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An exceptional large and rare Hopi polychrome pottery jar by Nampeyo with the assistance of Fannie Nampeyo, c. 1920-25



Give this one a 12 out of 10 on the masterpiece meter. This jar is an all-time great piece in our considered opinions and as you can see from the numerous photos below we have owned and sold some extraordinarily fine Nampeyo pottery jars over the years, a number of which are now in the permanent collections of museums such as The Art Institute of Chicago and The Scottsdale, Arizona Museum of the West.


We firmly believe that this fantastic jar is on a par with any one of the exalted pieces pictured here. Like the other members of this distinguished and exclusive company, this jar is a true “trophy” piece in every sense of the word made to impress and proudly display.


Let’s start at the beginning here. This jar is the rare and unusual product of an unusual time and confluence of events. The great Hopi pottery Matriarch, Nampeyo of Hano (1858-1942) suffered from a rare eye disease called trachoma which caused her to have periodic episodes of diminished sight and blindness. In the early to mid-1920’s she suffered an extended bout of trachoma and her youngest daughter, the soon to be world-renowned potter in her own right, Fannie Polacca Nampeyo (1900-1986) became her Mother’s close pottery-making colleague and collaborator. Nampeyo would form and polish the vessel and Fannie would apply the painted design in close collaboration and consultation with Nampeyo. Fannie would subsequently sign these particular pieces of her Mother’s pottery “Nampeyo/Fannie” in all capital letters with Nampeyo’s name on top as seen here. This is one of the extremely rare instances of Nampeyo’s pottery actually being signed, as Nampeyo herself could neither read or write in English and never signed her pottery pieces.


On to the particulars of this amazing jar; the semi-globular shape is simply sublime and voluptuous, large and just beautifully balanced, like a delicious, bubble-icious big bubble. The stone polishing is almost otherworldly in its quality and beauty and the painted design in a word is explosive and incredibly vibrant; a typical Nampeyo-type arrangement consisting of a perfectly-balanced symmetrical four-part bi-laterally opposed arrangement of stylized bird, feather and arrow motifs (forms), very reminiscent of some of the designs on ancient Hopi Sikyatki-Period (1375-1625 A.D.) pottery as seen in the example below and also of designs which would soon be discovered by Archeologists in the 1930’s on the walls of the ancient Hopi Kivas in the ruined Hopi villages of Awatovi and Kawaiika-a which were contemporaneous with Sikyatki Pottery. These designs and symbols are deeply rooted in the Hopi’s history and tradition. Some of these designs have a distinctly Meso-American feel and symbolism as can be seen in the Nampeyo “Macaw” jar pictured below. There is a longstanding cultural connection between the ancient MesoAmerican world and that of Hopi including a commonality of language.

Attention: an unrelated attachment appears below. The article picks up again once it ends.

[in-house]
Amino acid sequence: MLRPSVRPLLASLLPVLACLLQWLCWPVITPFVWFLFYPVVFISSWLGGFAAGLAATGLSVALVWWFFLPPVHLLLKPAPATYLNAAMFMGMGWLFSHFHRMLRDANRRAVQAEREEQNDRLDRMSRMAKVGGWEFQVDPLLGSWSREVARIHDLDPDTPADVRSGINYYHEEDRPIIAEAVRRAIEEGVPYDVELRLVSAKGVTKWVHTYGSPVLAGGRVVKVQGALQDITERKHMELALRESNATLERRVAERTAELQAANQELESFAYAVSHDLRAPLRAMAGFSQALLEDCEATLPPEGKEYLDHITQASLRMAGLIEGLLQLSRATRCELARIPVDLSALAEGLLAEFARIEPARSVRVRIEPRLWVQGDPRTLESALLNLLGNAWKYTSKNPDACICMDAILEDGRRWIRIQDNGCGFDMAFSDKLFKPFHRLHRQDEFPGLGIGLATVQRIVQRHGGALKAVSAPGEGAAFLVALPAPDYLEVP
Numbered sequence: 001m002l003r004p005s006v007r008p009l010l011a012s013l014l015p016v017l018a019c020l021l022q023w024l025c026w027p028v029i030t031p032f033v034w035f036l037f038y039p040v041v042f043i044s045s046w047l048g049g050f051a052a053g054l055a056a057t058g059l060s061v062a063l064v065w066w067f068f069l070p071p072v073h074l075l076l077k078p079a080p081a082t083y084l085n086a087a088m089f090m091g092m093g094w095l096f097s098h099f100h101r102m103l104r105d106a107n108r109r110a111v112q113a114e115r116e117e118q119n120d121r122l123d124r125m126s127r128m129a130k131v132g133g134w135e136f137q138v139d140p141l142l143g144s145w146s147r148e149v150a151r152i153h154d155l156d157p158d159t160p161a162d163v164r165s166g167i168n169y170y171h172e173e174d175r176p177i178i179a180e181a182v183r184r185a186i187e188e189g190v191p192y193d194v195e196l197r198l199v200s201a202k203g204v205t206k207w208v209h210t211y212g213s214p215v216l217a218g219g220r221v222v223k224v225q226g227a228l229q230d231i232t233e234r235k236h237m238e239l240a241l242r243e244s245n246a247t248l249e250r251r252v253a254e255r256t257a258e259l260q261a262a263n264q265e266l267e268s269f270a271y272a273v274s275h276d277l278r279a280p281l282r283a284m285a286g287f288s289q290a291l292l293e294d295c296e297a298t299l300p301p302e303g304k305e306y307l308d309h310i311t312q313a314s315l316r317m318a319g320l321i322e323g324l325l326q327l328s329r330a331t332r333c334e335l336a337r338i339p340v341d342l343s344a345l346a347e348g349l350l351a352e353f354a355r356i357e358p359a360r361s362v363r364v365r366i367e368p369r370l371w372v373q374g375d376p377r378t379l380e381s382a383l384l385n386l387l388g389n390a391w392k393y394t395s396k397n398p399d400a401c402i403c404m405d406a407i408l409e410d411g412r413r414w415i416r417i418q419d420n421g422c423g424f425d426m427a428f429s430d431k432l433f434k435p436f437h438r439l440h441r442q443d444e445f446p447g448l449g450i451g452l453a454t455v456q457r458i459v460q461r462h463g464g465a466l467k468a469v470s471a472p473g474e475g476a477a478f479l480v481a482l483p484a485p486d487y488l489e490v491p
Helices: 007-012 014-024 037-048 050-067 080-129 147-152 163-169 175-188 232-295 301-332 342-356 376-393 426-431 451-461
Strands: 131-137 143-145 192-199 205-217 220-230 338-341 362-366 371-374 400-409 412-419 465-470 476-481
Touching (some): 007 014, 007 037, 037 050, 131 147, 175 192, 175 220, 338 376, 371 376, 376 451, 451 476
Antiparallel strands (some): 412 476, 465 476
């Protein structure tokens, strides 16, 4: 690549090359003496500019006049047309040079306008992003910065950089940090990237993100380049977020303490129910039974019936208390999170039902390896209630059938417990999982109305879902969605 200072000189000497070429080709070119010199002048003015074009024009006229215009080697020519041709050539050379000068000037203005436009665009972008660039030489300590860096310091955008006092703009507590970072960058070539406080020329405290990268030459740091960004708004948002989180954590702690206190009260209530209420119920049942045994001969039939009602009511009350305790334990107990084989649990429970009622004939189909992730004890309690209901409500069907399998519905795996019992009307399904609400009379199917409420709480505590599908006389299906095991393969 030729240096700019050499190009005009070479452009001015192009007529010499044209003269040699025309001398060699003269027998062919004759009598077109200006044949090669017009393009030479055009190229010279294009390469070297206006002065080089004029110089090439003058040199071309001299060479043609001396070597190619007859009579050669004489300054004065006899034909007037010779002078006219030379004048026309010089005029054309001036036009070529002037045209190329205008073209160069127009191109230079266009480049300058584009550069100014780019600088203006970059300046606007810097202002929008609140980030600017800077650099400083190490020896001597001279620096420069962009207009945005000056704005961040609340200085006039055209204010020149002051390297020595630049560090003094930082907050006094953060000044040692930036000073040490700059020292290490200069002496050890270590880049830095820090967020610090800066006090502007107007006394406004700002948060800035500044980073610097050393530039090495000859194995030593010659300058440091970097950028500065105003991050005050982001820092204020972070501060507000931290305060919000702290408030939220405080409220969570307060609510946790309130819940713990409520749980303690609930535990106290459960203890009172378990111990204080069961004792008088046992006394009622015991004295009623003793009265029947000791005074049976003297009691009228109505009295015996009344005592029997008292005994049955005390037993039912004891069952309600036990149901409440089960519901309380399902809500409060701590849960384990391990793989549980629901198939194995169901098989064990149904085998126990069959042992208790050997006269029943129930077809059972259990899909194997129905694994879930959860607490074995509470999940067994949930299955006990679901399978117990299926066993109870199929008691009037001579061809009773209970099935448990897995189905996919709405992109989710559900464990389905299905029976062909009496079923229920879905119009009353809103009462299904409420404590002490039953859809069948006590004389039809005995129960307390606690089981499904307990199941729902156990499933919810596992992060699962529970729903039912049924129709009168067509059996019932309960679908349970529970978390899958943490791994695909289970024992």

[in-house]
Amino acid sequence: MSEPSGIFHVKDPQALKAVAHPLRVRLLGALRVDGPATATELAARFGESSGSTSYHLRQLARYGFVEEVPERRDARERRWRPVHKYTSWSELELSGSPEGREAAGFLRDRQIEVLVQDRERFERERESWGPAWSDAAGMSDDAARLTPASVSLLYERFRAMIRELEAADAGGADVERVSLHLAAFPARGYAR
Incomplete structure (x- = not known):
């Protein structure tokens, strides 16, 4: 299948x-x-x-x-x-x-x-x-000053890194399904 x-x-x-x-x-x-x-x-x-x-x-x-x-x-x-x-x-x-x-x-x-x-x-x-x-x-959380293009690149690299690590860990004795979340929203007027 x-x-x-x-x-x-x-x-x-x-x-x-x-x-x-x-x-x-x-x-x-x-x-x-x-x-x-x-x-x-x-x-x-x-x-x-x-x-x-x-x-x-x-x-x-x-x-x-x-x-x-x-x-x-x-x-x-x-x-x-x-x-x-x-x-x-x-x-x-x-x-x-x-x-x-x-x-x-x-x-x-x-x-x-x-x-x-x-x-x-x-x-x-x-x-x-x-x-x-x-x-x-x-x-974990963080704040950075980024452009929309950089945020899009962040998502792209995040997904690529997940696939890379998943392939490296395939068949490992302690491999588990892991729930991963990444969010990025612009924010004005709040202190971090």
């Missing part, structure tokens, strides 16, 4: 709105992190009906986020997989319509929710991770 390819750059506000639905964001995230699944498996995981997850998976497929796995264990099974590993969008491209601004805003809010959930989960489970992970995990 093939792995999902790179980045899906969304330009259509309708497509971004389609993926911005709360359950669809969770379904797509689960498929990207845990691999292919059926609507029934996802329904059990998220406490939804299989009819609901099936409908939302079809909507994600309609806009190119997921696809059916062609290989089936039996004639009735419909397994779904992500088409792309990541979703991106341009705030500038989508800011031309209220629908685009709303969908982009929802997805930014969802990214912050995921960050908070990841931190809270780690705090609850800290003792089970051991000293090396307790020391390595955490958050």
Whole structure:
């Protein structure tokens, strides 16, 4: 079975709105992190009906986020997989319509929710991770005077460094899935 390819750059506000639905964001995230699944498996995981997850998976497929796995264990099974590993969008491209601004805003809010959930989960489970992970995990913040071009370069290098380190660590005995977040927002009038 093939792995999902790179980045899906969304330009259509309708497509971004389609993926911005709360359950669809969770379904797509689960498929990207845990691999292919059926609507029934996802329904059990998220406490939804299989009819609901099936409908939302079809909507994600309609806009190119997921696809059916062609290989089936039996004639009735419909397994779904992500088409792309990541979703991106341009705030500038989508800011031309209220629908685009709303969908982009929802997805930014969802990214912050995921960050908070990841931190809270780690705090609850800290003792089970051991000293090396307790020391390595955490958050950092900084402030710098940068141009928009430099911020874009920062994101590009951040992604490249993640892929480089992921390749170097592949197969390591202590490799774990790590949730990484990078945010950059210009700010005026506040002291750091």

The painted designs are absolutely everywhere on the jar here, covering virtually every square inch of the jar going all the way up the next and down almost to the bottom where there is a characteristic Nampeyo double unbroken framing line. On this jar the designs are most richly, boldly and precisely rendered and as an additional and very attractive design element there are the numerous lovely white-ish-yellow-ish-orange-ish firing clouds or “blushes” on the vessel’s surface from its high-temperature firing in ultra-hot burning Lignite coal. These blushes beautifully intermingle with the panted elements becoming in effect an additional layer of design themselves. The overall effect here is absolutely spectacular (dazzling), one of the finest, most vivid and striking Nampeyo jars we have ever had the pleasure of having along with the other great examples pictured here. and another few words about the incredible all over stone polishing by Nampeyo, it’s so well done that the jar just absolutely glows.